Step-by-step, here's how a new batch of $1 bills is made

The article is about how cash is made and how it has changed over time.

Step-by-step, here's how a new batch of $1 bills is made

Although cash may seem old-fashioned, it is still a relevant form of currency. This is especially true as digital currencies make headlines and Treasury Secretary Janet Yellen is fielding questions about ideas to mint a $1 trillion platinum coin to avert a debt-ceiling crisis.

In many parts of the world, cash is still the primary form of payment.

In December, Yellen made history on a trip to the Bureau of Engraving and Printing in Fort Worth, Texas. There, she signed commemorative notes at the unveiling of a batch of dollar bills.

This was the first occasion that U.S. banknotes, which have been signed by 29 previous Treasury secretaries, featured the signature of a female Treasury secretary.

The nation's currency was remade on one of the rare occasions. Here is an in-depth look at how it is done.

The new design for the bill, including the new signature, is printed onto metal.

A team of experienced designers and engravers are needed to etch the plates with portraits, vignettes, lettering and ornamentation in order to make money. The designs are crafted with both aesthetics and security in mind.

A tool called a pantograph has been used for more than a century to scale engravings so they can fit on working plates and be printed in smaller sizes on notes exchanged around the world.

A currency redesign can take many years, except when a new Treasury secretary takes over. The new signature is usually added in a matter of months, beginning with a ceremonial signing that is captured digitally and engraved onto the metal plates that are the primary building blocks for printing the bills.

The signature of the secretary can be hard to read sometimes.

In December, Yellen joked that the founding fathers did not account for the 'terrible handwriting' of the nation's Treasury secretaries. She acknowledged that she had practiced her penmanship.

The technicians use the etchings to construct the plates that will transfer the images to paper.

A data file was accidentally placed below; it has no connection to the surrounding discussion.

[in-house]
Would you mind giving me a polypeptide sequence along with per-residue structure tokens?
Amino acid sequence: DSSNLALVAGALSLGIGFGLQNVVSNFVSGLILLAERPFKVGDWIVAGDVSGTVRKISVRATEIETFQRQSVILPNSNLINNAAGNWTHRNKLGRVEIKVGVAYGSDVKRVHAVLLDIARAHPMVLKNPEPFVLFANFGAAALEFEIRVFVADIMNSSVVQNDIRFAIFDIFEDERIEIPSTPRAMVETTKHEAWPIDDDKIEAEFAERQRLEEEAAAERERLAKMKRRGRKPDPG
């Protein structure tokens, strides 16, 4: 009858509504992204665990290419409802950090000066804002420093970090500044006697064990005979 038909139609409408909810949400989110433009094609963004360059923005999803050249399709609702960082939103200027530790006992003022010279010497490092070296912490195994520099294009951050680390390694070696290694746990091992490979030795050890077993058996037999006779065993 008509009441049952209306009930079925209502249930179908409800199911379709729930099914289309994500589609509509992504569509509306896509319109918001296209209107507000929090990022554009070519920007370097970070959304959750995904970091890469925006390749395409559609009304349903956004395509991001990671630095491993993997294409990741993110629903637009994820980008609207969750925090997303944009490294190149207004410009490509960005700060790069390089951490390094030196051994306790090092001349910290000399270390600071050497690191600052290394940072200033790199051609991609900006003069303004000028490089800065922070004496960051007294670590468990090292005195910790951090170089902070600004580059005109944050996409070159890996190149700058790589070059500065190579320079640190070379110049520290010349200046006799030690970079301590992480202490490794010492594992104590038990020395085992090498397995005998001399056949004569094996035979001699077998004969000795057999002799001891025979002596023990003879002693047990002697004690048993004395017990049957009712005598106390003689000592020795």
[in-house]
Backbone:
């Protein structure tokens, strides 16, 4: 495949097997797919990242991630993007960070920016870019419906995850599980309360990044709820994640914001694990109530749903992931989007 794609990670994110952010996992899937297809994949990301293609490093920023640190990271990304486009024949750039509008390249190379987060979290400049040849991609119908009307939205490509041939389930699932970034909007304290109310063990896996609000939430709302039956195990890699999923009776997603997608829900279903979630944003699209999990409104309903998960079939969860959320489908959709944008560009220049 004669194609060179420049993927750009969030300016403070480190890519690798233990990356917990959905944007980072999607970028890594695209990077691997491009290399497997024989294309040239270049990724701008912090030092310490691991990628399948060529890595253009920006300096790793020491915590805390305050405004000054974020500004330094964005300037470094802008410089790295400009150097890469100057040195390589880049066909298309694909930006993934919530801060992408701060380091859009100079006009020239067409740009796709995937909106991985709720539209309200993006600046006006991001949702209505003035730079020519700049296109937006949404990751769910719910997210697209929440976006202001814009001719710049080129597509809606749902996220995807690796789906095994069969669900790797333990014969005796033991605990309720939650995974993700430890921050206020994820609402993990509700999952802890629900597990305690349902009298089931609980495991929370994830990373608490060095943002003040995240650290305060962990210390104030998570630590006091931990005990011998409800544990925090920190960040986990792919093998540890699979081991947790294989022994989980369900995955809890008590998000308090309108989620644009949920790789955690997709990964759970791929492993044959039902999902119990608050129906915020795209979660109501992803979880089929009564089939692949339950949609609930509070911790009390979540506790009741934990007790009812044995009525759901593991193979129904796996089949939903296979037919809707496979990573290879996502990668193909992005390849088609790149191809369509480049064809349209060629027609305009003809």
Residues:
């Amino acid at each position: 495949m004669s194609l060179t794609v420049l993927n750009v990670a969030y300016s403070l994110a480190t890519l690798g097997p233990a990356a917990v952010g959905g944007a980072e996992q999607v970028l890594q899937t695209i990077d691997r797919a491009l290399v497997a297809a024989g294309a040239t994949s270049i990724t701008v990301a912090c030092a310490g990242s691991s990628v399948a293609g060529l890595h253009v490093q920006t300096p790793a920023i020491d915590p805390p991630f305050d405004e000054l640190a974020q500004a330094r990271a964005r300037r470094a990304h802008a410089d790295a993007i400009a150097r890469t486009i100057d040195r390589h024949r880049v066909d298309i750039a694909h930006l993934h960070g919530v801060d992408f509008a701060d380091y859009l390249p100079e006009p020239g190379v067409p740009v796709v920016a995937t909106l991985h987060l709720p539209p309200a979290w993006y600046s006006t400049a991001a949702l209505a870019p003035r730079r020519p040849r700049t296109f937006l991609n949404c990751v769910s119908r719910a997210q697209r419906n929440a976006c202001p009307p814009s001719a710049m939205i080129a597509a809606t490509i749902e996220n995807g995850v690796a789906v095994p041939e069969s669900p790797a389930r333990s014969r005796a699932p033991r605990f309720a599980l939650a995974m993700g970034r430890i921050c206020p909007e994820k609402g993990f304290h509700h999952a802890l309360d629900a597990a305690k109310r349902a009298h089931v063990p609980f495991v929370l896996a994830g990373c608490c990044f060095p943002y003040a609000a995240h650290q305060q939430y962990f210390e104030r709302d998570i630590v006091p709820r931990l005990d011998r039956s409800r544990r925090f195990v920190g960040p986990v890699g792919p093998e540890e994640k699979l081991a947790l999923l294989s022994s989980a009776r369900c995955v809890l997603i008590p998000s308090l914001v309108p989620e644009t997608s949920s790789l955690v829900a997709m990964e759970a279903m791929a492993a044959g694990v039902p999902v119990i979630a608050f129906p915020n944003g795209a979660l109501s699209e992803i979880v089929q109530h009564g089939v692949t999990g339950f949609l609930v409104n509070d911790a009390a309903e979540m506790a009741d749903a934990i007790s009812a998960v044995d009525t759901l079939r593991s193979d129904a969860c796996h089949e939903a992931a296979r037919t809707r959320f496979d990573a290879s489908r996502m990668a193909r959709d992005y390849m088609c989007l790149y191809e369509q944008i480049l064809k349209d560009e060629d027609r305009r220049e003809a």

Printing presses require a set of three to four metal plates, which can take up to eight days to produce. The images are transferred to the plates using steel dies, which are essentially giant cookie cutters. Then, the plates must be cleaned and polished.

After the plates are inspected, they receive a chrome coating that makes them hard enough to withstand the 65-ton force of the printing press, which transfers the images from the plates to the paper.

There are several steps. The back of the notes are printed first, then inspected for quality. Then the front is printed.

The bills are printed with a mix of black and color-shifting ink or metallic ink to avoid counterfeiting. The ink is a special blend developed by the Bureau of Engraving and Printing to avoid counterfeiting.

The paper is a mix of linen and cotton and red and blue fibers that are interspersed to further complicate attempts to make fake bills. Different notes also have specific security features, such as watermarks and threads.

For most denominations, high-speed offset printers that can print 10,000 sheets per hour are used to layer on the base coat colors. The more intricate details are done with intaglio printing, a process where ink is applied to the engravings and transferred with immense pressure to paper. In the case of $1 and $2 bills, offset printing is not used, and intaglio printing is the first step.

Throughout the process, quality control checks happen. Inspectors make sure that the ink is properly transferring to the paper without any unwanted smears or smudges.

The bill-front printing cannot begin until the plates have been inspected for imperfections yet again, cleaned, and polished. No detail is too small: Even a missing feather on the American bald eagle must be corrected.

The signature of the Treasury secretary, on the bottom-right corner of each bill, must also be inspected.

Sheets of currency begin to roll off the presses.

Bills are inspected using magnifying glasses and high-tech computer systems.

Operators who work with presses pull sheets of currency frequently to inspect the paper for defects and to make sure that the colors and designs are correctly aligned.

The signature of the Treasury secretary must be checked again to ensure that it is free of smudges and perfectly legible.

An advanced computer system that uses cameras and software inspects uncut sheets of currency to ensure quality control of large quantities of notes. Problematic sheets are transferred to another inspection system that allows for good notes to be preserved and the rest to be destroyed.

The finishing touches, like serial numbers, are applied and the sheets are cut to the correct size.

The machines allow for the currency to be printed, inspected, cut, and packaged more quickly.

The final layer of printing is the letterpress process. At this stage, two green serial numbers and four Federal Reserve Bank designation numbers are added.

The final step in the process is to affix the seals of the Federal Reserve and the Treasury Department to the currency notes.

Bills that have been printed are wrapped up in stacks and then sent to the Federal Reserve.

They are divided into "straps" of 100 notes held together with a white paper band that is color coded and says the denomination. Those are then piled into bundles and combined to form a "brick," which is then shrink-wrapped.

Bricks containing 16,000 notes each are loaded together in groups of four to make a 'cash pack.' From there, they are distributed into the banking system.

The central bank has not yet announced when the new currency will be released.

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